In this situation, you must resolve the issue preventing failed router to become active. If you cannot resolve the issue, contact Solace Support.

    Step 3: Heuristically Complete Transactions

    If applicable, heuristically commit or heuristically rollback any prepared transactions on the failed site. Once heuristically completed, delete them to free up the resources.

    To commit, rollback or delete a transaction, enter the appropriate ADMIN commands on the failed site:

    NY Data Center

    solace(admin/message-spool) commit-transaction xid <xid>

    and/or

    solace(admin/message-spool) rollback-transaction xid <xid>

    and then

    solace(admin/message-spool) delete-transaction xid <xid>

    Where:

    xid specifies the XID of the transaction to be committed, rolled back, or deleted.

    Step 4: Allow Clients to Connect

    Restore client connectivity to the NAB data ports. This allows clients to connect as well as the replication bridge, which allows data to be synchronized from the active site (New Jersey site to the New York site in the example). The method through which connectivity to the NAB data ports is restored depends on the action chosen in Step 2: Ensure Clients Cannot Connect to the Failed Site of the parent procedure.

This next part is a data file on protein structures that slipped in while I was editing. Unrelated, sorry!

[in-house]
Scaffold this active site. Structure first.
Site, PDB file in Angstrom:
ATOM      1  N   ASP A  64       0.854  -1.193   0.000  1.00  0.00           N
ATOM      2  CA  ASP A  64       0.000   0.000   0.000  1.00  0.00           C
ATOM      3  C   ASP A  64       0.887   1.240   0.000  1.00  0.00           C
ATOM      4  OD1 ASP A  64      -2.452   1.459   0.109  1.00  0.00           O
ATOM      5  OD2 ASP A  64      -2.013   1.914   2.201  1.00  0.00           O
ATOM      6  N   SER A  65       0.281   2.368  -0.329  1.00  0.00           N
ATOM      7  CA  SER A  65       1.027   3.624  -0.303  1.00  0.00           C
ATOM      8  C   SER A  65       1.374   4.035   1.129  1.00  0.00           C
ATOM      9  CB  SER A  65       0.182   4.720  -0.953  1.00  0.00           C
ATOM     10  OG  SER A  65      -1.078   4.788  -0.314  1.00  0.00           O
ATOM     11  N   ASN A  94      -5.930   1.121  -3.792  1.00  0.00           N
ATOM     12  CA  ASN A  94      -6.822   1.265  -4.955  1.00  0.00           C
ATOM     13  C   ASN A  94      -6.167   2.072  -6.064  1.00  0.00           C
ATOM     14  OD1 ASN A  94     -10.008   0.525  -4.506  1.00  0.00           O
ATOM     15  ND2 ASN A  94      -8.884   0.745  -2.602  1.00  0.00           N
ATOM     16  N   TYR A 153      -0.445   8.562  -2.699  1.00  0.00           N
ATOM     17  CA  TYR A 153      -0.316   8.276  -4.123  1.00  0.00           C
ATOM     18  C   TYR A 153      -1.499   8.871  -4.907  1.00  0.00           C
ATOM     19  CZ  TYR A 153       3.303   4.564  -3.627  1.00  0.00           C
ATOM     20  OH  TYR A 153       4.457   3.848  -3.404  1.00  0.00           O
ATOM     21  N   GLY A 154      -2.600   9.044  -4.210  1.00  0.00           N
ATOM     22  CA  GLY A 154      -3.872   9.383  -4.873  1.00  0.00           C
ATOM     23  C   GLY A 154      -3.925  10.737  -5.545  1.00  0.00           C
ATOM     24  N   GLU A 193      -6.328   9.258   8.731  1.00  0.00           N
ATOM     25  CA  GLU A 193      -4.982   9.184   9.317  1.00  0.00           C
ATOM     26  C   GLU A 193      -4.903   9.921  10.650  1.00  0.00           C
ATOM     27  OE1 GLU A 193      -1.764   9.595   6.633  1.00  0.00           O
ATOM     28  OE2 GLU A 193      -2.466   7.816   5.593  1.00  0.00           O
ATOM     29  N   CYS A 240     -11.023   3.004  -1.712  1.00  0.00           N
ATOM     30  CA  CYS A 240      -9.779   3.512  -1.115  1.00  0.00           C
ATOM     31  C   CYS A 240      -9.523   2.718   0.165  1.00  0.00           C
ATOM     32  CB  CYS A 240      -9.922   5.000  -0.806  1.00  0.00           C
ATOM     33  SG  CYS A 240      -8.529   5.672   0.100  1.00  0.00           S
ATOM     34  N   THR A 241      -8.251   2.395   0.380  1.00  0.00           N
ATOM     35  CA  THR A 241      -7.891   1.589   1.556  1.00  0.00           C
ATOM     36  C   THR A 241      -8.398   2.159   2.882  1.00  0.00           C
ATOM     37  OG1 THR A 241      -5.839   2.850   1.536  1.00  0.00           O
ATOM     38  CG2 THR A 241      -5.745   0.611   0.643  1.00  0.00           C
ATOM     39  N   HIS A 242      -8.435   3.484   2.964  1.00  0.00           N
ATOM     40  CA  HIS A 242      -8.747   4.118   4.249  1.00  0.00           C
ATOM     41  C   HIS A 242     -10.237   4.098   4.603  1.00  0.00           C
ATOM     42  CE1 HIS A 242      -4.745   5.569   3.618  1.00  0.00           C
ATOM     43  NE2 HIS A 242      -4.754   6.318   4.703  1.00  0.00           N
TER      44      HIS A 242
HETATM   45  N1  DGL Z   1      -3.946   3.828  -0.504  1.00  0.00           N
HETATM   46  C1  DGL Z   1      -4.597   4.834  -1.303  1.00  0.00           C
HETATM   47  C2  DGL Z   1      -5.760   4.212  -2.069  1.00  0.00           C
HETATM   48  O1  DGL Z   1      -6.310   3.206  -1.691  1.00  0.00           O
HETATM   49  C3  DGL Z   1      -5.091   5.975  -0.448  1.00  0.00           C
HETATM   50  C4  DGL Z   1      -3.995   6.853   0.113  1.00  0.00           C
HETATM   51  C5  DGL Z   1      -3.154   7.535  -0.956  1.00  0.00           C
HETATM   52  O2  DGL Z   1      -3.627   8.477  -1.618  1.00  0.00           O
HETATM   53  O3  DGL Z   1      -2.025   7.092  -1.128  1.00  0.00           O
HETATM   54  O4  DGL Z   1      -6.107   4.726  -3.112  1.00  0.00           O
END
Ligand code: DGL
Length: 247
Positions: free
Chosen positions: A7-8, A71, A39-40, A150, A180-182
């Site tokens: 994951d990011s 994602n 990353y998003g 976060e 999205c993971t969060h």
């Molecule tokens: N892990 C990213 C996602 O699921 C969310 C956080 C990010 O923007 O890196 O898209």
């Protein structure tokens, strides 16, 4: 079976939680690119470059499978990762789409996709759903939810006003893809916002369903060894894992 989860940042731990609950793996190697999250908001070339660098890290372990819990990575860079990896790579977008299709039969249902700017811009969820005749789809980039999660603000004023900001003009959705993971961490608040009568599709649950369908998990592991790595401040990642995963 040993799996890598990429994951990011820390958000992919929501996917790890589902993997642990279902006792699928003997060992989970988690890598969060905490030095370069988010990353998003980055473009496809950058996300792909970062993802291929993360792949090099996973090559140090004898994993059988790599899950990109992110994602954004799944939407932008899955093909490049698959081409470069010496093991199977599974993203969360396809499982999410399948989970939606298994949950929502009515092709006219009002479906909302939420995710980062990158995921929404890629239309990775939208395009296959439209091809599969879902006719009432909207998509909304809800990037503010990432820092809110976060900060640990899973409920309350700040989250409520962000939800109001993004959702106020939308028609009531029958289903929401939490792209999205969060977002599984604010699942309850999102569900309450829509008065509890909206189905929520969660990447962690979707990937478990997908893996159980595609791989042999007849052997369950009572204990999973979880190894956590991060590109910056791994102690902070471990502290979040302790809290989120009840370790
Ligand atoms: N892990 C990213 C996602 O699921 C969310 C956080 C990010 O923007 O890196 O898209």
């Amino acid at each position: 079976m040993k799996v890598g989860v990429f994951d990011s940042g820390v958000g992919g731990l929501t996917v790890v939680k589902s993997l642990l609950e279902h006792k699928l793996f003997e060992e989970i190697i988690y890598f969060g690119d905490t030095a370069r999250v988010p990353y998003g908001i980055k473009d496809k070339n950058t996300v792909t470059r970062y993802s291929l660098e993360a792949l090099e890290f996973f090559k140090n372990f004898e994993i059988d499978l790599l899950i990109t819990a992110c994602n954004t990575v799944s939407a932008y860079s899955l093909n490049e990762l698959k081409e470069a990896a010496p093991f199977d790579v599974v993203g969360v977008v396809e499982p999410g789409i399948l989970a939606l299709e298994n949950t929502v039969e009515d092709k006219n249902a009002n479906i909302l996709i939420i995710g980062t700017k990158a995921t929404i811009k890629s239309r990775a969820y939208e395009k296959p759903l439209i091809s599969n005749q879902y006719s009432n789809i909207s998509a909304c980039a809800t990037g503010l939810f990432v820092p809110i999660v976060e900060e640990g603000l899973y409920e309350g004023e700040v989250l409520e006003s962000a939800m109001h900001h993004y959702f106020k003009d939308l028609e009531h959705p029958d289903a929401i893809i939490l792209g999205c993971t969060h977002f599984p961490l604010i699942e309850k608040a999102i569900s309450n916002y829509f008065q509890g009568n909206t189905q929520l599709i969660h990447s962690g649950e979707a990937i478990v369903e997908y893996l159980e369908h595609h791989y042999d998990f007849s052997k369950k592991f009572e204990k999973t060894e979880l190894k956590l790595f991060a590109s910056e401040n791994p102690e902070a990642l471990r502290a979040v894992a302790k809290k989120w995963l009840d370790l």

Step 5: Wait For Synchronous Replication to be Eligible

    Once connectivity is restored between the recovered site and the active site, the replication bridge will connect from the standby site to the active site and drain the replication queue in order to synchronize the two sites. Depending on how much message and transaction data is in the replication queue and the available bandwidth between the sites, this process may take a long time. When this process is complete, the Replication service will no longer be degraded and the Message VPN will become eligible for synchronous replication.